Wobbe, F et al. (2014): Total sediment thickness grid of the Southern Pacific Ocean off West Antarctica, links to NetCDF files. doi:10.1594/PANGAEA.835589, Supplement to:Wobbe, Florian; Lindeque, Ansa; Gohl, Karsten (2014): Anomalous South Pacific lithosphere dynamics derived from new total sediment thickness estimates off the West Antarctic margin. Global and Planetary Change, 123, 139-149, doi:10.1016/j.gloplacha.2014.09.006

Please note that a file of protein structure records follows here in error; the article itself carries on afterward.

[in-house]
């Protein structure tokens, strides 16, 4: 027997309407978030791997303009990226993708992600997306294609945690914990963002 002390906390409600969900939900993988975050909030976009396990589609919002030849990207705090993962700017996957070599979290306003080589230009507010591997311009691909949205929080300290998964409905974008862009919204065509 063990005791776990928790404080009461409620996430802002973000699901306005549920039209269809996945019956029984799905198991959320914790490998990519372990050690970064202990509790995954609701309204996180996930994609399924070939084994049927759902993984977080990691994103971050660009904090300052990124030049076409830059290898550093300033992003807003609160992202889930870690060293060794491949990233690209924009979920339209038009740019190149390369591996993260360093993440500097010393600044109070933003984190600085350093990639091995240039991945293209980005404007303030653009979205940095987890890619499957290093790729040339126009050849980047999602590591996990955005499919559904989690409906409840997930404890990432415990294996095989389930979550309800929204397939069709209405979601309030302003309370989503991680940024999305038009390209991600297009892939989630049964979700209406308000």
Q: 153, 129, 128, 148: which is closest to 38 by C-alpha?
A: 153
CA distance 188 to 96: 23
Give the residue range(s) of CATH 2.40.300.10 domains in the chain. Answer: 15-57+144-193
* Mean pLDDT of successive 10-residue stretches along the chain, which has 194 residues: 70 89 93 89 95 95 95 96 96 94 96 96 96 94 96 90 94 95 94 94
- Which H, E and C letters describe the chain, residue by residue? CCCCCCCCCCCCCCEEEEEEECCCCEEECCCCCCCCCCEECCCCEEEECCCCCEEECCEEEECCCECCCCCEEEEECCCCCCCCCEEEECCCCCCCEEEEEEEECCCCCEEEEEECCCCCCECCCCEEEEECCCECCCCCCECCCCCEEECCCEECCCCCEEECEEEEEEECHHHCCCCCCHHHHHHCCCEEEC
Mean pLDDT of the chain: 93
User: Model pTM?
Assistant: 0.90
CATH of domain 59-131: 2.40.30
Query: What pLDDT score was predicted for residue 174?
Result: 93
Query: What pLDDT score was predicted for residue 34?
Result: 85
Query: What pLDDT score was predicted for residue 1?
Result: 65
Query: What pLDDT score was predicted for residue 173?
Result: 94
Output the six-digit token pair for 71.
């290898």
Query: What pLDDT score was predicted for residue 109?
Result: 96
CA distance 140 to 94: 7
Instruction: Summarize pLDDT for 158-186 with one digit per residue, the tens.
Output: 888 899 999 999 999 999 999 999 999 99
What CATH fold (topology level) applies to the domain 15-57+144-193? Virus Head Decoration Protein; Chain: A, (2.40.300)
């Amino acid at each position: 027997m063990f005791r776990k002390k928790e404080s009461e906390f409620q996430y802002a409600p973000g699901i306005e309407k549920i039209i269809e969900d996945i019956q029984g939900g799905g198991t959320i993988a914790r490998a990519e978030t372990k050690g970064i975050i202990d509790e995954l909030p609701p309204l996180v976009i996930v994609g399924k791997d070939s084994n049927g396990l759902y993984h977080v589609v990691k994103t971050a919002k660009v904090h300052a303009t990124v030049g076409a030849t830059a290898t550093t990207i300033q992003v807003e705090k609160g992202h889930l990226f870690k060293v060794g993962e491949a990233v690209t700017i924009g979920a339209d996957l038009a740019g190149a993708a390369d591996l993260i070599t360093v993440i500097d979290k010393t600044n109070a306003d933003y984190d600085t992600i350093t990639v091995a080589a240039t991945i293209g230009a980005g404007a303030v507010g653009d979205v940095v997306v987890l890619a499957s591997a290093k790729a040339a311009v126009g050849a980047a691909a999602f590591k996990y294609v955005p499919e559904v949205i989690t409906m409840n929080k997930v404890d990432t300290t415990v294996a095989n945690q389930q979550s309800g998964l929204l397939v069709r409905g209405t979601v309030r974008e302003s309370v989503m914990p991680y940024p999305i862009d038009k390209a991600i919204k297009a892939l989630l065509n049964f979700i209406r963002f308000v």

Paleotopographic models of the West Antarctic margin, which are essential for robust simulations of paleoclimate scenarios, lack information on sediment thickness and geodynamic conditions, resulting in large uncertainties. A new total sediment thickness grid spanning the Ross Sea-Amundsen Sea-Bellingshausen Sea basins is presented and is based on all the available seismic reflection, borehole, and gravity modeling data offshore West Antarctica. This grid was combined with NGDC's global 5 arc minute grid of ocean sediment thickness (Whittaker et al., 2013, doi:10.1002/ggge.20181) and extends the NGDC grid further to the south. Sediment thickness along the West Antarctic margin tends to be 3-4 km larger than previously assumed. The sediment volume in the Bellingshausen, Amundsen, and Ross Sea basins amounts to 3.61, 3.58, and 2.78 million km³, respectively. The residual basement topography of the South Pacific has been revised and the new data show an asymmetric trend over the Pacific-Antarctic Ridge. Values are anomalously high south of the spreading ridge and in the Ross Sea area, where the topography seems to be affected by persistent mantle processes. In contrast, the basement topography offshore Marie Byrd Land cannot be attributed to dynamic topography, but rather to crustal thickening due to intraplate volcanism. Present-day dynamic topography models disagree with the presented revised basement topography of the South Pacific, rendering paleotopographic reconstructions with such a limited dataset still fairly uncertain.